Its a testament to his band that they seem to tread the line between pop and experimentation without making any compromise to one or the other. Imagine if Editors, Interpol, White Lies etc were actually proper rock bands and you'd have Broken Links. Definitely one to keep an eye on. 8/10

Andy Glynn


Nightworker Revival – Amanita Falls EP

Up until about a year ago every new band seemed to be some offshoot of post rock. The kids couldn't get enough of it. But it appears that the romance between unsigned bands and the post rock genre has dried up ever since everyone started getting a musical boner for shoegaze - again. Welcome to nu-gaze as it's now not known.

Midland based 5 piece Nightworker Revival are no exception to this trend. Sure, they might have a pretty shabby name but luckily enough their shoegaze efforts aren't so lackluster. New EP 'Amanita Falls' oozes with layered guitars, swirling drones and relentless rhythms so well mixed you want to take a bite out of them. It's a warm and bright five track recording where the vocals, akin to Spaceman 3, take a back seat in the mix, letting the music speak for itself.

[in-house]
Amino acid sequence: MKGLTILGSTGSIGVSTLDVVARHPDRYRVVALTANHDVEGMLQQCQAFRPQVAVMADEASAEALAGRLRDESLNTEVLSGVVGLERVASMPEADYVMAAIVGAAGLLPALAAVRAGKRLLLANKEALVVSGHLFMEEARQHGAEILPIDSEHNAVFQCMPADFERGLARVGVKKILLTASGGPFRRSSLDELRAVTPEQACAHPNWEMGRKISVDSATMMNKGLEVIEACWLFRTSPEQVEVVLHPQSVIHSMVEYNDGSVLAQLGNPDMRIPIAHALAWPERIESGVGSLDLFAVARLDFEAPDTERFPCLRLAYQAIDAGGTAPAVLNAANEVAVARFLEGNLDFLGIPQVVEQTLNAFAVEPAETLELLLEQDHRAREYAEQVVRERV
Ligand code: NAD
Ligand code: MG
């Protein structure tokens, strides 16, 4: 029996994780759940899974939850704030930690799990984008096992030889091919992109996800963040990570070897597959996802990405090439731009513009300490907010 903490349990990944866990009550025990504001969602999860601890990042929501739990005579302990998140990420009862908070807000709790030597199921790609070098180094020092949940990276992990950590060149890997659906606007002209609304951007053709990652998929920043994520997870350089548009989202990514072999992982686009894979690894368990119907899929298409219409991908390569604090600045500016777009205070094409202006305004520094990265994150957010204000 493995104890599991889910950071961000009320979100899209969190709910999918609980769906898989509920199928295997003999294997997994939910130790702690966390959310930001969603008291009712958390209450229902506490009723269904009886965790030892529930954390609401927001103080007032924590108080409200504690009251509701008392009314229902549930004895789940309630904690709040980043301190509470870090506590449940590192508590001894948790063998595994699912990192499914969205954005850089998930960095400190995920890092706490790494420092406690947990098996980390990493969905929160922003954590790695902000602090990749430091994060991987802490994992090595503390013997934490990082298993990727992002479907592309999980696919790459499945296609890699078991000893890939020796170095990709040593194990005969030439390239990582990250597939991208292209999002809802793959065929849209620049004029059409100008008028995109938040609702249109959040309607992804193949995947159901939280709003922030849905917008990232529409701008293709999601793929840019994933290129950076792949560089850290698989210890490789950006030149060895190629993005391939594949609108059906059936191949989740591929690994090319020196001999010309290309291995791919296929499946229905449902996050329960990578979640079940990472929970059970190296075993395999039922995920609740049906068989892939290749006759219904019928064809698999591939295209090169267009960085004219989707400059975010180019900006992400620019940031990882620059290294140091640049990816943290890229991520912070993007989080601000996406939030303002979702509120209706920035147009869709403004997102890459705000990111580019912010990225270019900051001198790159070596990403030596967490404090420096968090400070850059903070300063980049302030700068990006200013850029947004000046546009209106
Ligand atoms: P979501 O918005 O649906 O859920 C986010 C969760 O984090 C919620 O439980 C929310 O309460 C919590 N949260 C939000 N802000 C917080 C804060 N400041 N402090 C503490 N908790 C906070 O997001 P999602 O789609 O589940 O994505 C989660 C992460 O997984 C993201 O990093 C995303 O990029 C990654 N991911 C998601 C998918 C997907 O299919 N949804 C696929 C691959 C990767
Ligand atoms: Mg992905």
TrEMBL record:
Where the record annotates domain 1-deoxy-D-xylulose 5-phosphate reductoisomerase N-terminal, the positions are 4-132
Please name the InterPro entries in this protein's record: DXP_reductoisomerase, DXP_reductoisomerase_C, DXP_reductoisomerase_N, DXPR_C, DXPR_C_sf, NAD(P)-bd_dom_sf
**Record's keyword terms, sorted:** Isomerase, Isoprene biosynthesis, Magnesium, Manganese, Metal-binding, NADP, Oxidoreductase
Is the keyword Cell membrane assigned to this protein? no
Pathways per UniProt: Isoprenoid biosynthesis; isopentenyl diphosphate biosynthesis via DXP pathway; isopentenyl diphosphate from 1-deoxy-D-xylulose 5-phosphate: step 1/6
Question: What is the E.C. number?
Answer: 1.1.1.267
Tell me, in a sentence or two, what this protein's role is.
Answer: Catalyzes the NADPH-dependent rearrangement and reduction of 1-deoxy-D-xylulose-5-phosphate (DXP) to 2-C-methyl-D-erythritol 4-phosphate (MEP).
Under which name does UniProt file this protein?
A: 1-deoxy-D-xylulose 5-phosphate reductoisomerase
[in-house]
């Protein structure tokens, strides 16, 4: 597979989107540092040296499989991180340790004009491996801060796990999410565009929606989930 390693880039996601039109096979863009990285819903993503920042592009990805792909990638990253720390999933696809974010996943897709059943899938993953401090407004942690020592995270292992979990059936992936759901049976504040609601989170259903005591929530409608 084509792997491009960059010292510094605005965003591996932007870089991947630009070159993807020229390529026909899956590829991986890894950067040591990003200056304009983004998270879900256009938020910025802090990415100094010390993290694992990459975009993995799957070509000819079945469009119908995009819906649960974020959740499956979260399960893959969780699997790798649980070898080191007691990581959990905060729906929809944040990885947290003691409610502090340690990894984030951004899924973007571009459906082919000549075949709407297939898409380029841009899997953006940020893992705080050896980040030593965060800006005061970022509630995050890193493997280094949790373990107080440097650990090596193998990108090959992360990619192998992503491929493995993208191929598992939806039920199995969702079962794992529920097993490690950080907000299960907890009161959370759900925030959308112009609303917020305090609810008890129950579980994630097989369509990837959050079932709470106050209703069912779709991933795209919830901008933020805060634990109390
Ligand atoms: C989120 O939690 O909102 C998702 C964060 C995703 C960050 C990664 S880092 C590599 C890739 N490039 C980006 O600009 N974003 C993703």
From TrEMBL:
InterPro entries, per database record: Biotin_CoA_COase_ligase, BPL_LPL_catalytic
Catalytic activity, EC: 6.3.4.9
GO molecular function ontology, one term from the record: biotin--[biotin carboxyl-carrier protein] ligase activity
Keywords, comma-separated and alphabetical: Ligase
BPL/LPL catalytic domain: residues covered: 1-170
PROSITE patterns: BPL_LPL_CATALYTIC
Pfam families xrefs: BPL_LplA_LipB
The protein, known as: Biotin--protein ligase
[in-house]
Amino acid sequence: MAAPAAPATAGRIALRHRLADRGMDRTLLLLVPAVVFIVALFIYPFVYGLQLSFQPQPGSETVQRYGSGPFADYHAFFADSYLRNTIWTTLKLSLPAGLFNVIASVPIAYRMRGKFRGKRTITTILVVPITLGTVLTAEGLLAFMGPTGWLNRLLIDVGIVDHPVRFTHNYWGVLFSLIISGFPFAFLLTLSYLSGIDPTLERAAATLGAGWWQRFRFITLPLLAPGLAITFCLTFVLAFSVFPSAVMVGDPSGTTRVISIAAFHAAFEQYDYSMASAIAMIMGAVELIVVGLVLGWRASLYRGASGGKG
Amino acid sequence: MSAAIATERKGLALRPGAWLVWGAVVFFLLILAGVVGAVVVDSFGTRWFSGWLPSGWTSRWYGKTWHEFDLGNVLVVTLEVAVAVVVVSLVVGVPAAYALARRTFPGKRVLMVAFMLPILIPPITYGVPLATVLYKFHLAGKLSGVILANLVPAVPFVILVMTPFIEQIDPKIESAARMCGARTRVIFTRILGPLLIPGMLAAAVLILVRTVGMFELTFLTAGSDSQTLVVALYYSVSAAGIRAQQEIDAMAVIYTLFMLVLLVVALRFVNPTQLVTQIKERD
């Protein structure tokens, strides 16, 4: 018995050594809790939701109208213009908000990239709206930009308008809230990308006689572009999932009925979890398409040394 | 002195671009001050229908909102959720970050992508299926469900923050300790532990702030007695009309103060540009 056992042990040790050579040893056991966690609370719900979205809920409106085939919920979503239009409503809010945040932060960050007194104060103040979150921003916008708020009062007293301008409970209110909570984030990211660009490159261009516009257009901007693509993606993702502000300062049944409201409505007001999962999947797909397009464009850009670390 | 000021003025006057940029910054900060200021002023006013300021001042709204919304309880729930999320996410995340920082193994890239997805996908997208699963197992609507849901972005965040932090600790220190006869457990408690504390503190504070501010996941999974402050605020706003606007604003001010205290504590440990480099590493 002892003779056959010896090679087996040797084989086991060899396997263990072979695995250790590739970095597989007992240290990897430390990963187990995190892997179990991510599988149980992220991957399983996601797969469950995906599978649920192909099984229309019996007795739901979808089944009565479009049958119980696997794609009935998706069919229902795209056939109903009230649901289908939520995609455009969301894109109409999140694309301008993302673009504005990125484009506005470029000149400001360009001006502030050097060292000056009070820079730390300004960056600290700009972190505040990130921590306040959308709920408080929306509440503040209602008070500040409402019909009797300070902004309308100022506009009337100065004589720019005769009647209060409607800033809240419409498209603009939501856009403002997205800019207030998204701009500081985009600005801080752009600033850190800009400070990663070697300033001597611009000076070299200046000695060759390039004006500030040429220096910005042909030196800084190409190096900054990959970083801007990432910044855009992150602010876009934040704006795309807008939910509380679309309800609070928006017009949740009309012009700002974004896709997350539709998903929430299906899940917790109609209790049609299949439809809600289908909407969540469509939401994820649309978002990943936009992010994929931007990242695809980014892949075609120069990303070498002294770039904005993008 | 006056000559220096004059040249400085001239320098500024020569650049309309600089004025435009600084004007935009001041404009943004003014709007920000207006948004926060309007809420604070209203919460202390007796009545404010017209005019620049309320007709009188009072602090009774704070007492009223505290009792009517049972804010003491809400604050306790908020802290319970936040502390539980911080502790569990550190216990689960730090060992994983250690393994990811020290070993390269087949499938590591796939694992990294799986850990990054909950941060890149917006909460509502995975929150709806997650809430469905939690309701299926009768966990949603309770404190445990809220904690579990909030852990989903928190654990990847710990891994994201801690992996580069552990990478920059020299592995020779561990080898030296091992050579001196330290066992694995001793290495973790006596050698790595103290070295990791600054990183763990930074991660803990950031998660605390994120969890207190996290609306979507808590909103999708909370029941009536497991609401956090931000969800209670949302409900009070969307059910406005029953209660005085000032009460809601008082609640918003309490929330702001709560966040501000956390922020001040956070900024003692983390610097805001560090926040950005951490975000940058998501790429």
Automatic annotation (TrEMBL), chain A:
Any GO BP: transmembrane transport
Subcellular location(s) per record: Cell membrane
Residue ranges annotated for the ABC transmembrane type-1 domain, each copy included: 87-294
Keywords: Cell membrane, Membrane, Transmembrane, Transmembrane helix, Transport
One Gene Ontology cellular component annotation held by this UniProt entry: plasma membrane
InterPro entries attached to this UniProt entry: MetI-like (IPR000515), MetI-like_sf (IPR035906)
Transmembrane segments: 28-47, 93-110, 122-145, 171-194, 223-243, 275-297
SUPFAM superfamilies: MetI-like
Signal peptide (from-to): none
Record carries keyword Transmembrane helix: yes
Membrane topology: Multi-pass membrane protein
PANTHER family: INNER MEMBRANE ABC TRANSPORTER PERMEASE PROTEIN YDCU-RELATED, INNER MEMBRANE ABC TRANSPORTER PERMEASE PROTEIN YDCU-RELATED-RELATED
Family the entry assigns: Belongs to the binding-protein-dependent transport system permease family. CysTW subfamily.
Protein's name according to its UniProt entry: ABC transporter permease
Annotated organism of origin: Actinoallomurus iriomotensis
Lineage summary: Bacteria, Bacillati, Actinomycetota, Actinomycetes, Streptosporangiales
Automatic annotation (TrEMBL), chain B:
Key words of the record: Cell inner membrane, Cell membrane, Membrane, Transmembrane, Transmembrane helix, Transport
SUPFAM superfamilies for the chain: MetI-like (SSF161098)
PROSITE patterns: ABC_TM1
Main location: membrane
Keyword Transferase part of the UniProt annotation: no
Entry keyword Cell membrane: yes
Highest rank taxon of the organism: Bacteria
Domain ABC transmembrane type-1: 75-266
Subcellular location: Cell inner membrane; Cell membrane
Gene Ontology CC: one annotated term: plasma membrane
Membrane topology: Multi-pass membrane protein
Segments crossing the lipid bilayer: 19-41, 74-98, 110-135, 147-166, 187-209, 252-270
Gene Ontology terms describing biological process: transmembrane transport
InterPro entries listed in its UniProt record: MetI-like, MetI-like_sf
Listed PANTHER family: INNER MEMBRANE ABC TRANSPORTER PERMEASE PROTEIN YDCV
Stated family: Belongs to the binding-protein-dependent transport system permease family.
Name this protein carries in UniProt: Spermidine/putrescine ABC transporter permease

Songs follow general shoegaze clichés but are delivered impressively. Opener 'Taking Rainbows from the Sky' (isn't this a post rock title? Come on guys, stick to the rules) is an swaggering number that crashes in with a propulsive bass line accompanied by wispy guitars and attitude ridden vocals. It could be Ride and is the best song on this EP. 'Floating in Mercury' marks a more soft, major key approach to the rest of the tracks as the music becomes more harmonious and alluring, almost like 'Belfast' by Orbital – The hypnotic delivery is exactly the same even if the genre isn't.